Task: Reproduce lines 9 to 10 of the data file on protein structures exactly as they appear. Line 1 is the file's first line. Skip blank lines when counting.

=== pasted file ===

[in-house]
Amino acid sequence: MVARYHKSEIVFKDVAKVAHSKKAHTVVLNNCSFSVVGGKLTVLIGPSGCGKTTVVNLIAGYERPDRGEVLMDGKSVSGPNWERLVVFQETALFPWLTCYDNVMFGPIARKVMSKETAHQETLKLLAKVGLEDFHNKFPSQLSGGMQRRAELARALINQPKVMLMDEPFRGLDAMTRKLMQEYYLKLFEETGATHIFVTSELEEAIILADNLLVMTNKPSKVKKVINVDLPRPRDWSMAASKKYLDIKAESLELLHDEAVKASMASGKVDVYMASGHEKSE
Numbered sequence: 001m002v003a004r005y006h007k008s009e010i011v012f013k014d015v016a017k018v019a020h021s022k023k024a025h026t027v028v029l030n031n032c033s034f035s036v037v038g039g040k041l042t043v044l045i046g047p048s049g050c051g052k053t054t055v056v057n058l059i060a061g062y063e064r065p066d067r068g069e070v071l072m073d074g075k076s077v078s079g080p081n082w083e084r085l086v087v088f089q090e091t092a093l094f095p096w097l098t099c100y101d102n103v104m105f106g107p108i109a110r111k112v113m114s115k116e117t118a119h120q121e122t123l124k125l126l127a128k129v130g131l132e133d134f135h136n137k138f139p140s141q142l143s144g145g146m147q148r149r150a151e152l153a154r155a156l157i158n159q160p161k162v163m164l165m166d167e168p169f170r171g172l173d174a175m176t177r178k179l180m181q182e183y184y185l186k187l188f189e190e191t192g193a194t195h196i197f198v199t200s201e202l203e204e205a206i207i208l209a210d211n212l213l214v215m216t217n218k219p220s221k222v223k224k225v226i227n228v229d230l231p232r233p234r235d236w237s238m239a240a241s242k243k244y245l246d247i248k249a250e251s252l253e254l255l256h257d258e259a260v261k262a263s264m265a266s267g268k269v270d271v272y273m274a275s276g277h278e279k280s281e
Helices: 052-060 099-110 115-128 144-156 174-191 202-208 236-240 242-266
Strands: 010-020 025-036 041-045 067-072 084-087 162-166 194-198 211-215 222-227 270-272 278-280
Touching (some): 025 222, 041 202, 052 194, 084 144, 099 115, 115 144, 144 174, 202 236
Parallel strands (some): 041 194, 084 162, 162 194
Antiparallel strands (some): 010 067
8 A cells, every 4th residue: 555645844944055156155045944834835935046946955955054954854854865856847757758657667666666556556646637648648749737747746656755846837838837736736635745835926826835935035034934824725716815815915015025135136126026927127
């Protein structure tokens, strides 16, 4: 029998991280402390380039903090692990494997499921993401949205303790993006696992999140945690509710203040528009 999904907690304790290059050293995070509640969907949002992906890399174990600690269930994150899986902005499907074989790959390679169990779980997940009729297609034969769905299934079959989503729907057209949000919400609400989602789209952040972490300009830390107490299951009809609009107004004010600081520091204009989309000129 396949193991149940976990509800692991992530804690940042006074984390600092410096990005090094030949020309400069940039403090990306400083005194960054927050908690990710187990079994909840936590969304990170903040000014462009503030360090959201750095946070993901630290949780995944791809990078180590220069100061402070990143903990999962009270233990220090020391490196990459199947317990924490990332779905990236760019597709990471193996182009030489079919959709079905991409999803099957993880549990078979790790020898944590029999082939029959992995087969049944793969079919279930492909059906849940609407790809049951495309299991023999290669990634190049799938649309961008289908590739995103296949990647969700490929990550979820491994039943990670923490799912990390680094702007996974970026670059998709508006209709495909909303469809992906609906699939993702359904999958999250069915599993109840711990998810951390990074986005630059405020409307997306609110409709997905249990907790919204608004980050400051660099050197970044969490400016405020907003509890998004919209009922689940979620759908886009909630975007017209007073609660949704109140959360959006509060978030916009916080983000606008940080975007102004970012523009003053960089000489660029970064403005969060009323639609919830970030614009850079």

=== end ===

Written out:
8 A cells, every 4th residue: 555645844944055156155045944834835935046946955955054954854854865856847757758657667666666556556646637648648749737747746656755846837838837736736635745835926826835935035034934824725716815815915015025135136126026927127
């Protein structure tokens, strides 16, 4: 029998991280402390380039903090692990494997499921993401949205303790993006696992999140945690509710203040528009 999904907690304790290059050293995070509640969907949002992906890399174990600690269930994150899986902005499907074989790959390679169990779980997940009729297609034969769905299934079959989503729907057209949000919400609400989602789209952040972490300009830390107490299951009809609009107004004010600081520091204009989309000129 396949193991149940976990509800692991992530804690940042006074984390600092410096990005090094030949020309400069940039403090990306400083005194960054927050908690990710187990079994909840936590969304990170903040000014462009503030360090959201750095946070993901630290949780995944791809990078180590220069100061402070990143903990999962009270233990220090020391490196990459199947317990924490990332779905990236760019597709990471193996182009030489079919959709079905991409999803099957993880549990078979790790020898944590029999082939029959992995087969049944793969079919279930492909059906849940609407790809049951495309299991023999290669990634190049799938649309961008289908590739995103296949990647969700490929990550979820491994039943990670923490799912990390680094702007996974970026670059998709508006209709495909909303469809992906609906699939993702359904999958999250069915599993109840711990998810951390990074986005630059405020409307997306609110409709997905249990907790919204608004980050400051660099050197970044969490400016405020907003509890998004919209009922689940979620759908886009909630975007017209007073609660949704109140959360959006509060978030916009916080983000606008940080975007102004970012523009003053960089000489660029970064403005969060009323639609919830970030614009850079």